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THE EGGLESTON REPORT – HOUSE HELPS AG

Representative J. Eggleston (R-Maysville)

This week, the Missouri House approved HB 1720, which will renew several key agricultural programs that were set to expire or had already expired.  This bill is similar to a bill passed last year in the House before some of the programs expired, but unfortunately that bill did not get passed in the Senate.  Here is a list of a few of the programs in the bill.

The bill extends tax credits available under the Missouri Agricultural and Small Business Development Authority. These credits have supported ag projects in 103 counties and have generated benefits of more than $260 million since 2000.

The bill renews the New Generation Cooperative Tax Incentive, which expired last year.  This incentive exists to induce investment into new food processing businesses that will process Missouri ag products into value-added goods, provide benefits to Missouri’s agricultural producers, and create jobs for Missourians.

The bill extends the Meat Processing Facility Investment Tax Credit through 2028. This program was created to stimulate investment in the meat processing industry in Missouri and enable the livestock industry to capture more value in the form of further processed meat products.

The bill expands the Family Farm Livestock Loan Program so that more Missouri farmers will qualify. The program is currently limited to farmers with less than $250,000 in gross sales per year. The bill would double that amount allowing more farmers to qualify.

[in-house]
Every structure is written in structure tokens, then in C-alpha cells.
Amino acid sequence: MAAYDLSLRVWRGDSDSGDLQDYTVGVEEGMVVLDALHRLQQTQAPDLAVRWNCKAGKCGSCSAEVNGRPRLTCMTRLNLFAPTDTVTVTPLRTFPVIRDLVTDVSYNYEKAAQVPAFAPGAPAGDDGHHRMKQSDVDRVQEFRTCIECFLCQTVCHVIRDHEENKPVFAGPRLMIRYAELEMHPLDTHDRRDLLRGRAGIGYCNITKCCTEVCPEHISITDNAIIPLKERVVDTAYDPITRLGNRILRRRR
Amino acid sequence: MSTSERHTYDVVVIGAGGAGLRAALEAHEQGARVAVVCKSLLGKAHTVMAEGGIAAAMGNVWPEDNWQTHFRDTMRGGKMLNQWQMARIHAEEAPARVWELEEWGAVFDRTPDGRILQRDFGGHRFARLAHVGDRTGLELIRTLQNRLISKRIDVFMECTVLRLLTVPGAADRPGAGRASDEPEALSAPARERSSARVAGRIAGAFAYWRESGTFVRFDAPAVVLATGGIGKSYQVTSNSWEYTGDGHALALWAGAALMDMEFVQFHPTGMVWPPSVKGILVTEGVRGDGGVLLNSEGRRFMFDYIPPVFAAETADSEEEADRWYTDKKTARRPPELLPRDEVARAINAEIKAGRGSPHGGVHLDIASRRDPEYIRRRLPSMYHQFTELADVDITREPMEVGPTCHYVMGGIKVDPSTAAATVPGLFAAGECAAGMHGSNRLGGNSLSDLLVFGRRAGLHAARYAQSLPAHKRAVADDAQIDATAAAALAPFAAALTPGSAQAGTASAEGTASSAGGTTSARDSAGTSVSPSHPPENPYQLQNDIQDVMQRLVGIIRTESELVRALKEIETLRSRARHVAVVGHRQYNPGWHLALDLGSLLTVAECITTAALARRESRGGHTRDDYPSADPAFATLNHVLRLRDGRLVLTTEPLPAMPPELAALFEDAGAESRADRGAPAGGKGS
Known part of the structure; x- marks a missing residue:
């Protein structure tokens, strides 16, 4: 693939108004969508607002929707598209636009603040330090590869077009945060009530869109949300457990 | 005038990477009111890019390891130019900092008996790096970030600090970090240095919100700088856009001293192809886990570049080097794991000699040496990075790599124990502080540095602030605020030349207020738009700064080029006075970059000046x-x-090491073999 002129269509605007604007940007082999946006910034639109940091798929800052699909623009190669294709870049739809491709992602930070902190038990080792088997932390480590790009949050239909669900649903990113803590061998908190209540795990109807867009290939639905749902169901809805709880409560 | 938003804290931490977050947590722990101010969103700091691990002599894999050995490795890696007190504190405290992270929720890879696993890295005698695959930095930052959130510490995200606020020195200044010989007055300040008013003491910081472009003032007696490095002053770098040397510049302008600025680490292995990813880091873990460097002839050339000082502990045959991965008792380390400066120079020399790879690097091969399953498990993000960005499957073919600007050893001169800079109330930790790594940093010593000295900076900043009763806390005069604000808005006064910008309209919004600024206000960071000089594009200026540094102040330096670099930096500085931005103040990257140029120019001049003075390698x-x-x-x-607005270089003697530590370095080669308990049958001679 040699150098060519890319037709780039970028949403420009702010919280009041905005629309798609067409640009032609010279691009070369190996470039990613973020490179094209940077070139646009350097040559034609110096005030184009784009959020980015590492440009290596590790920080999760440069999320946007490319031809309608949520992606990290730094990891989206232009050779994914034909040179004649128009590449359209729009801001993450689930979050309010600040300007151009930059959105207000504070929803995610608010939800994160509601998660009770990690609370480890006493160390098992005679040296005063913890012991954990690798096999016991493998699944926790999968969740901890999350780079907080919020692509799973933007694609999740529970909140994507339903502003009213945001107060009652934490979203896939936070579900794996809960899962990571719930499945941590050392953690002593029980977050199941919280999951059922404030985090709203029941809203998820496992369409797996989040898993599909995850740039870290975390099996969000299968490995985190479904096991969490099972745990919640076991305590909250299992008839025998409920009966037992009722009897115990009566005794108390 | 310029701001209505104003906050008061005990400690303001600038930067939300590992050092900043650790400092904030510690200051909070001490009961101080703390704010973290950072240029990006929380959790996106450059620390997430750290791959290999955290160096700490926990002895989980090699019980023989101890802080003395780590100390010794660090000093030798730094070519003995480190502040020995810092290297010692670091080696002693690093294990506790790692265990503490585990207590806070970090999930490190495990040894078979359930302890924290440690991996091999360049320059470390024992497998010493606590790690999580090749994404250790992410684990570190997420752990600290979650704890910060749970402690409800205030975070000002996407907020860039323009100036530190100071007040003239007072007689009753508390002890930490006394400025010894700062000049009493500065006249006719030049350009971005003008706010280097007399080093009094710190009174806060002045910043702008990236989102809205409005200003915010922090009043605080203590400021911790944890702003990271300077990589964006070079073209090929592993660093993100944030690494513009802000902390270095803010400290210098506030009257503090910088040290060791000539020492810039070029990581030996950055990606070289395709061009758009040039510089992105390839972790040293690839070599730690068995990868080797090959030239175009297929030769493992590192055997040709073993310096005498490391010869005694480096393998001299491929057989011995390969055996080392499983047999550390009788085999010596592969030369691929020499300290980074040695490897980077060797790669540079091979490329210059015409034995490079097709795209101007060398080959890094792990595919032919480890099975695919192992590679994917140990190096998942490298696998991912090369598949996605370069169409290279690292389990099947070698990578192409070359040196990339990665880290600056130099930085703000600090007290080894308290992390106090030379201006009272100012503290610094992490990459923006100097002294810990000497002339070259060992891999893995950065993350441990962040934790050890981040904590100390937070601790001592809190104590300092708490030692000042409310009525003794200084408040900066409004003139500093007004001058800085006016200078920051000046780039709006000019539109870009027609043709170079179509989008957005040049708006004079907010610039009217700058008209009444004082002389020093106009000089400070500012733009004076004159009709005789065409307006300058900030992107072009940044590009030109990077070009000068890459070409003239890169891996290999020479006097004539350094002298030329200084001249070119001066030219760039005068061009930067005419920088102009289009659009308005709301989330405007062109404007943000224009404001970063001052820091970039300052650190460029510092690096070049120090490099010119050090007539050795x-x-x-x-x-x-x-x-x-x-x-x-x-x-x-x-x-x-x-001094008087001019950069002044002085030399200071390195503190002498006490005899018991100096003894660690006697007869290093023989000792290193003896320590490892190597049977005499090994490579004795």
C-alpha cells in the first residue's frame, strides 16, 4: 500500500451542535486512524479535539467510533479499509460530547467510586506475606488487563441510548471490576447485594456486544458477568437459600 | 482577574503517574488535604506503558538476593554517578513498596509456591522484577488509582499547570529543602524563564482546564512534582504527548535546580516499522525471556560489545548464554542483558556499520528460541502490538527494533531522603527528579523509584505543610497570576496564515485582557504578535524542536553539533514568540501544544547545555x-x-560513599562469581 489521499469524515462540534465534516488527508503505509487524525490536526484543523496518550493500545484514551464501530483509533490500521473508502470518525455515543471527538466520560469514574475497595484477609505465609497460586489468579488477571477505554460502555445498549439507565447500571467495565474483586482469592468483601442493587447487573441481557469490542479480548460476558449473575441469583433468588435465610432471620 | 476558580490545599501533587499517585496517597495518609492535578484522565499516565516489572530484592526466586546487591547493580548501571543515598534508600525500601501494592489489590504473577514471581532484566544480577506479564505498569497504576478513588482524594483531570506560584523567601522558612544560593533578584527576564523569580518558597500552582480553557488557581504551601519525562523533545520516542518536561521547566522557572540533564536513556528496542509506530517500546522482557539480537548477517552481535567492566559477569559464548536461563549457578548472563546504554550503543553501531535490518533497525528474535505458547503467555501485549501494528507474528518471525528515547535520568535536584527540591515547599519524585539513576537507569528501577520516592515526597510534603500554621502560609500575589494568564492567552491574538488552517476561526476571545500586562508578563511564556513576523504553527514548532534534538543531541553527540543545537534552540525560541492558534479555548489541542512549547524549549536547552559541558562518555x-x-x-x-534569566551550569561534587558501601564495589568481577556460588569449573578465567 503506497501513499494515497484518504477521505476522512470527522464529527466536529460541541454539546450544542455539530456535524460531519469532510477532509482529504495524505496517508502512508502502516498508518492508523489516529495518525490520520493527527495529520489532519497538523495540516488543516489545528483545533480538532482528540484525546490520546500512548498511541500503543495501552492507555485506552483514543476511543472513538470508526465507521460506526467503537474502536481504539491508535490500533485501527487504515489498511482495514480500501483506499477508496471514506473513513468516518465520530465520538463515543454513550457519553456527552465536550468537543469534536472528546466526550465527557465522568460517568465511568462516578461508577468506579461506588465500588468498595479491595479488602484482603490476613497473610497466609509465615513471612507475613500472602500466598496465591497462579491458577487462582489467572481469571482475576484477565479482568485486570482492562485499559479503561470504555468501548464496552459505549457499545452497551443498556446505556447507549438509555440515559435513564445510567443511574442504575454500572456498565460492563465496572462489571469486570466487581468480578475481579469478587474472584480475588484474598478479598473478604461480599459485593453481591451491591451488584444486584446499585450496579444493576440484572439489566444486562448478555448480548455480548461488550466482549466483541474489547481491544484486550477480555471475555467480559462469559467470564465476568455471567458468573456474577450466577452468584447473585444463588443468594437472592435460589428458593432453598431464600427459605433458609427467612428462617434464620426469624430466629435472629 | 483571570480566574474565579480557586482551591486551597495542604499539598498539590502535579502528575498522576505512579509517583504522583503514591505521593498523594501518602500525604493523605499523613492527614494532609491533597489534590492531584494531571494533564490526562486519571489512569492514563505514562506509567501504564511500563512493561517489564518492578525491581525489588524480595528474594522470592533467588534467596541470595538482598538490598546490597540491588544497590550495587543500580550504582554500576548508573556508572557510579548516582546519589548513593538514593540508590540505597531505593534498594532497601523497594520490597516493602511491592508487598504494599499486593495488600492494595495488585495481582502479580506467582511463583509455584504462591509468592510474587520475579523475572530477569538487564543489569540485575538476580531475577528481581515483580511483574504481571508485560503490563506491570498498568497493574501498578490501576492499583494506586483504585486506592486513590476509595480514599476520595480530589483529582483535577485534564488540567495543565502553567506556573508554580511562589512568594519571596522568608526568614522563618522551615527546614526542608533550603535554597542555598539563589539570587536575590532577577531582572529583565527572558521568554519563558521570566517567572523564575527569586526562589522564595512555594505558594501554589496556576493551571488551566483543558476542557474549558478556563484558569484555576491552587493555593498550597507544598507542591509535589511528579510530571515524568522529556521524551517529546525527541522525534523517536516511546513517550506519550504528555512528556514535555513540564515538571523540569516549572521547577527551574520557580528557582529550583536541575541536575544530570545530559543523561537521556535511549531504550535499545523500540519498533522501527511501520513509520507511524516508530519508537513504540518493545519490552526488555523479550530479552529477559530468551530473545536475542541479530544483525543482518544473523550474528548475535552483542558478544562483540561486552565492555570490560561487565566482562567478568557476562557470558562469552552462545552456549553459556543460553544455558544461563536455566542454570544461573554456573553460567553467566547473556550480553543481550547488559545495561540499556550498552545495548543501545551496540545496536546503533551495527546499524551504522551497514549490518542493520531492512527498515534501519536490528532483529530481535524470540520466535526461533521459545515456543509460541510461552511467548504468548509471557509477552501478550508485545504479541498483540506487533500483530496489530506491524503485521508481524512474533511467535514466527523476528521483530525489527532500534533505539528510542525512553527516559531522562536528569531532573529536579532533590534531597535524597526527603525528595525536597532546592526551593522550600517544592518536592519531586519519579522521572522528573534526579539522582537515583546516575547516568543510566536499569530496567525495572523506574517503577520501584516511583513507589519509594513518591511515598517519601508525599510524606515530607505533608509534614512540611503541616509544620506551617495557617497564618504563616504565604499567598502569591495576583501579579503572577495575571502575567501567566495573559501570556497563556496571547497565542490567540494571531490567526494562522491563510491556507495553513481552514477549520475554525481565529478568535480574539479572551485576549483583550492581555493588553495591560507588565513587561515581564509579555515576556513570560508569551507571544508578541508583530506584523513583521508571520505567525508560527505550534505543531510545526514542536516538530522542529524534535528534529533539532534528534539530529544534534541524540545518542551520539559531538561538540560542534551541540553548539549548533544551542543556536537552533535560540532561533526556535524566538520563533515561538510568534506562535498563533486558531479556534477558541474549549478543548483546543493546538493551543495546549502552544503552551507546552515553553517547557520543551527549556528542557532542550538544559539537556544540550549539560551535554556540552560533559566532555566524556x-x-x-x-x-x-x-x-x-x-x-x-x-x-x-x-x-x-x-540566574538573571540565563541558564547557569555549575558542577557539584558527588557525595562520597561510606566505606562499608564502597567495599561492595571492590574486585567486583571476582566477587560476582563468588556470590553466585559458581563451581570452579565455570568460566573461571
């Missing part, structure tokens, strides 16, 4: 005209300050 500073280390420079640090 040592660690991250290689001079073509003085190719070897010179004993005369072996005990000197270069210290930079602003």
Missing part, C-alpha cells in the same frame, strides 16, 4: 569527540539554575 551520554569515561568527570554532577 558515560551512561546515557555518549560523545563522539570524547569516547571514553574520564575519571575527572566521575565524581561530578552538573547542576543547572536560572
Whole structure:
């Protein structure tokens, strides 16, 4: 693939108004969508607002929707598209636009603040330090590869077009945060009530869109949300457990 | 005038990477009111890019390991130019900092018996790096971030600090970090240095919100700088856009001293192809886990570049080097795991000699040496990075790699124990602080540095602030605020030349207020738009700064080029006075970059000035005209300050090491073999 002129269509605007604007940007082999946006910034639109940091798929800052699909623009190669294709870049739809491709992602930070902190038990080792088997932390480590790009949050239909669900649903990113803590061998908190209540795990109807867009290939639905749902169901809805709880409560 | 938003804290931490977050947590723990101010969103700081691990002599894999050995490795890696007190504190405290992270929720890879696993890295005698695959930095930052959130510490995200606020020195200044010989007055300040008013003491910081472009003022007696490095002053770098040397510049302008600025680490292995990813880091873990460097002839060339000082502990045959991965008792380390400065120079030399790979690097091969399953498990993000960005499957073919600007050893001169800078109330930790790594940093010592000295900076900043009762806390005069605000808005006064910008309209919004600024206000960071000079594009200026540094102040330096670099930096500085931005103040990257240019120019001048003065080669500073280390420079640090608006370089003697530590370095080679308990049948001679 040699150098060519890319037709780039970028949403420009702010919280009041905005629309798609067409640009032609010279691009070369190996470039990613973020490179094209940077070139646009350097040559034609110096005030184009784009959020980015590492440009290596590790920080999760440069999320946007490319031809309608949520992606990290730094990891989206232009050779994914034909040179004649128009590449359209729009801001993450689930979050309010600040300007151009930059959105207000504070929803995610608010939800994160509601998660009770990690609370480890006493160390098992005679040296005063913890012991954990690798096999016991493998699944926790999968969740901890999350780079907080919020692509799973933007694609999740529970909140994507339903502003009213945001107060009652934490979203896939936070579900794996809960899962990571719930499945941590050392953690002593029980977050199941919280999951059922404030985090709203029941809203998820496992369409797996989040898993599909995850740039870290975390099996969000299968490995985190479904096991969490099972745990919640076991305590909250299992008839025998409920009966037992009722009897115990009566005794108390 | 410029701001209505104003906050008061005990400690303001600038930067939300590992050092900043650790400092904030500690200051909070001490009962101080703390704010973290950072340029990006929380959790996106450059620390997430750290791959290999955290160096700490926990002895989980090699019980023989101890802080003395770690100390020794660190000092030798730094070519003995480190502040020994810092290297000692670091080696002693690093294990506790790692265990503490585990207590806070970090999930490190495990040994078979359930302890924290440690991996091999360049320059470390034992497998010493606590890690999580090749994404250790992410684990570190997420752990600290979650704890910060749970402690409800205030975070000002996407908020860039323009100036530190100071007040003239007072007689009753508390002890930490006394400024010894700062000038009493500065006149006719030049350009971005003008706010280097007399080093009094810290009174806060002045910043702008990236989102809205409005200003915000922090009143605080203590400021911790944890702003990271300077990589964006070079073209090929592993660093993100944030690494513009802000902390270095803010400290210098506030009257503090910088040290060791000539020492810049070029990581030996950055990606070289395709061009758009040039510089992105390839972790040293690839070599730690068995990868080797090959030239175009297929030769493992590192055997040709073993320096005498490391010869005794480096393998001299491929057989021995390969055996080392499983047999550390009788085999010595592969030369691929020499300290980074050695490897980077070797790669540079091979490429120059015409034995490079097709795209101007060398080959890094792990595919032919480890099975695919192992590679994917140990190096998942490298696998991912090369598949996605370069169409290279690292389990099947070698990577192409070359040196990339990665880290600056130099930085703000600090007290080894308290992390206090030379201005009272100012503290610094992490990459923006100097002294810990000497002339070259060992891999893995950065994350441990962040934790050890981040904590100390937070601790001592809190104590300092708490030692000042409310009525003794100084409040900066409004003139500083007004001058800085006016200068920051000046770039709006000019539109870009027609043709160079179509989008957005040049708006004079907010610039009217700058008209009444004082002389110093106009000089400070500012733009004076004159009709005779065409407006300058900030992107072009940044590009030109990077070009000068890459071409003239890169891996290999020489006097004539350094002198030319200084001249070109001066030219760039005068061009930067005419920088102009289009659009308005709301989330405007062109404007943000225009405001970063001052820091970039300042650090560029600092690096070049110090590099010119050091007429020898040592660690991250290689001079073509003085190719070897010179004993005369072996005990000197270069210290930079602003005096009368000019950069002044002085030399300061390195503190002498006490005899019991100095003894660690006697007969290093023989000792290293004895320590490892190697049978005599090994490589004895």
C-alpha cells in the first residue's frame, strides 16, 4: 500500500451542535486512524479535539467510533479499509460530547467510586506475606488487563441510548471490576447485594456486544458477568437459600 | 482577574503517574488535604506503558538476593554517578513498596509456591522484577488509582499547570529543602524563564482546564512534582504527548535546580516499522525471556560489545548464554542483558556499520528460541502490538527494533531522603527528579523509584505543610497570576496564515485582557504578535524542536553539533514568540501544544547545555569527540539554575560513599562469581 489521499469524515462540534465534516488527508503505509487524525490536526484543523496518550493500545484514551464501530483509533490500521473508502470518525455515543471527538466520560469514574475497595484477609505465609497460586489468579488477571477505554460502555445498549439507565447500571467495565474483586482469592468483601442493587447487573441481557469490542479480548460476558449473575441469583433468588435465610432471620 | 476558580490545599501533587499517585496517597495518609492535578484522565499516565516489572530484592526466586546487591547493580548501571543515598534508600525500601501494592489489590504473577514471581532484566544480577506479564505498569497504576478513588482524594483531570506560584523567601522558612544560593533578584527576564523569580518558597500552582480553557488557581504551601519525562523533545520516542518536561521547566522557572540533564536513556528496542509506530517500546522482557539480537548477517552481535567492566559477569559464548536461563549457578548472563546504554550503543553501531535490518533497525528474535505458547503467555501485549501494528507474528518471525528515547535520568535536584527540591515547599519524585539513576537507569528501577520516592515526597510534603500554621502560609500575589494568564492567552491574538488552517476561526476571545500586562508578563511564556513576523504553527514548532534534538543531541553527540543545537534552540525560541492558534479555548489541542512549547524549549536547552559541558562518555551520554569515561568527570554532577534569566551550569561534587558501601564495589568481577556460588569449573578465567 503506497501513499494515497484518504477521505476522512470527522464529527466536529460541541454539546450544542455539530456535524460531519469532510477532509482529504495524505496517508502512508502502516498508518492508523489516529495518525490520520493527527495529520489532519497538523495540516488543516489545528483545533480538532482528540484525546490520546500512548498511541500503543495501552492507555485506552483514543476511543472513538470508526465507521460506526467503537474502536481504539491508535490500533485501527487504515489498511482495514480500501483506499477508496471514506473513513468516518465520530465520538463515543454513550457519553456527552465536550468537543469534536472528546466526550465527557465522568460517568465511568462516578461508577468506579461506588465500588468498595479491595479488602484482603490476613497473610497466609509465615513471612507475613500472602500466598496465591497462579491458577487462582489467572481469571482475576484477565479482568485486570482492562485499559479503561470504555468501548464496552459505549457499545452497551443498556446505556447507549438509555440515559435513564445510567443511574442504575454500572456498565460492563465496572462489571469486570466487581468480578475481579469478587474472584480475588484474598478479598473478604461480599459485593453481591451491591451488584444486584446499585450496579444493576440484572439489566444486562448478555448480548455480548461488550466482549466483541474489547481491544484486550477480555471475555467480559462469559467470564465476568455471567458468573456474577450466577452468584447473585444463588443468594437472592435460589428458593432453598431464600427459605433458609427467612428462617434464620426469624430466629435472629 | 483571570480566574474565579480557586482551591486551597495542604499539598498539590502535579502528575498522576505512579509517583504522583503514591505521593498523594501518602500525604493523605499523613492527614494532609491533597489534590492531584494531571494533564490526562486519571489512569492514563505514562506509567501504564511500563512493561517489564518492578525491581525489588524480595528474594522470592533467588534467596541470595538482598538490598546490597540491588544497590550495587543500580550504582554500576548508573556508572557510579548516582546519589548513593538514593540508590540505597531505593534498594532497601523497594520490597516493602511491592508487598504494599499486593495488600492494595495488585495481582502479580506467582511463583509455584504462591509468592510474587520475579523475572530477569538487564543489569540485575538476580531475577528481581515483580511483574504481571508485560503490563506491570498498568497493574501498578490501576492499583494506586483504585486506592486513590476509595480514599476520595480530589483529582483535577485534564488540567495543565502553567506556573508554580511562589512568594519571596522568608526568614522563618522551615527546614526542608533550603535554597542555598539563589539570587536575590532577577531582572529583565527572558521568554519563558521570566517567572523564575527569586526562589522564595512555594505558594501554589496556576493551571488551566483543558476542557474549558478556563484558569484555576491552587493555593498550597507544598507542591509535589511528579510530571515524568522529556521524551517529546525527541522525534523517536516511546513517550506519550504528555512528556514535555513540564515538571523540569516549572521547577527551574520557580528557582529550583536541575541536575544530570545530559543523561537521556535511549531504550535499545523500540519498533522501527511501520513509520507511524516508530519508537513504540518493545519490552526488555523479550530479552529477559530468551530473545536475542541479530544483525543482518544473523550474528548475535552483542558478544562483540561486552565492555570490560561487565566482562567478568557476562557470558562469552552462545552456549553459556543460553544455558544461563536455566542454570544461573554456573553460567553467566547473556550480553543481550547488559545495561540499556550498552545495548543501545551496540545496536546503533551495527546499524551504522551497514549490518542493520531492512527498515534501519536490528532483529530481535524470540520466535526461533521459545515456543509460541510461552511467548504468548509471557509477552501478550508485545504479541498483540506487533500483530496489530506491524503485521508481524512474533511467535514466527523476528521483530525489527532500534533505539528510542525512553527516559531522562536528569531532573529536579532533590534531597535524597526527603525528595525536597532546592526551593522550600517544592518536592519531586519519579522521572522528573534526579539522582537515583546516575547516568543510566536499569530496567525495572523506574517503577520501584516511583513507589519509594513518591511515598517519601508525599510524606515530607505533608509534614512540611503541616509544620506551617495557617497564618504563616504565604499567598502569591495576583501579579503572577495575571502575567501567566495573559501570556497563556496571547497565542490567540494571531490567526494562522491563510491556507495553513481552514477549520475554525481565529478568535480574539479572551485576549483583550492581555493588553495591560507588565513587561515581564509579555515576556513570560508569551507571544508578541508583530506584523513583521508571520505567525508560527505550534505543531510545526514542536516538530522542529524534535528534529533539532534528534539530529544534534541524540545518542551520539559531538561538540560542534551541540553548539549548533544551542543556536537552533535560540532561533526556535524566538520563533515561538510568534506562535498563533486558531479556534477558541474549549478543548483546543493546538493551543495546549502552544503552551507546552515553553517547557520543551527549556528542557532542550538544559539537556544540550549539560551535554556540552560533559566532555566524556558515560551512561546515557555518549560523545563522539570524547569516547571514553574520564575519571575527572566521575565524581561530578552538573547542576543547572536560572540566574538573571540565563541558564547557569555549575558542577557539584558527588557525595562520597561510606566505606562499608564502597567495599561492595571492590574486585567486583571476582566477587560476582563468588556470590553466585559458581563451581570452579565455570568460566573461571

The bill creates the Ethanol Retailers Incentive to provide a tax credit to retailers selling higher ethanol blend at the dealer’s service station, as well as a biodiesel tax credit for retailers producing or selling biodiesel.  Missouri ranks in the top third of states for biodiesel consumption.

The bill also expands the Wood Energy Tax Credit into 2028 and consolidates all regulations dealing with anhydrous ammonia into the Missouri Department of Natural Resources.

Finally, the bill would ensure the soybean producers’ assessment, also known as the soybean checkoff, continues at the state level even if the program is discontinued at the national level. Soybean producers participate in the checkoff by contributing at a rate of 0.5 percent of the market price per bushel. The dollars are then invested in a multitude of projects designed to strengthen the soybean industry.

As you can see, this bill will do a lot of good for agriculture, which is important to our family farms in NW Missouri. While I am skeptical of many government run tax credit programs, I believe these programs work as intended, are beneficial to our region, and I was happy to be one of its supporters.  The bill now moves to the Senate for consideration, where hopefully it will find a better fate that it had last year.

Until next time, health, happiness and prosperity to you and your family.

 

PICTURES FROM THE CAPITOL

Debbie LeDuc (Cameron) and Susan Trump (Bethany) visit the capitol on behalf of Missouri’s Sheltered Workshops

Brooks Hurst, Andrew Lance, and Curtis Lewis from Atchison & Nodaway Counties visit the capitol on behalf of soybean farmers

 

OTHER NEWS FROM THE CAPITOL

 

House Approves Bill to Improve Opioid Addiction Treatment and Prevention Services (HB 2162)

The Missouri House has given initial approval to legislation that would give the General Assembly greater flexibility when appropriating funds to fight opioid addiction. The bill was created in anticipation of a settlement with opioid distributors, and is designed to allow lawmakers to allocate funds to programs in state government that provide resources to victims of addiction.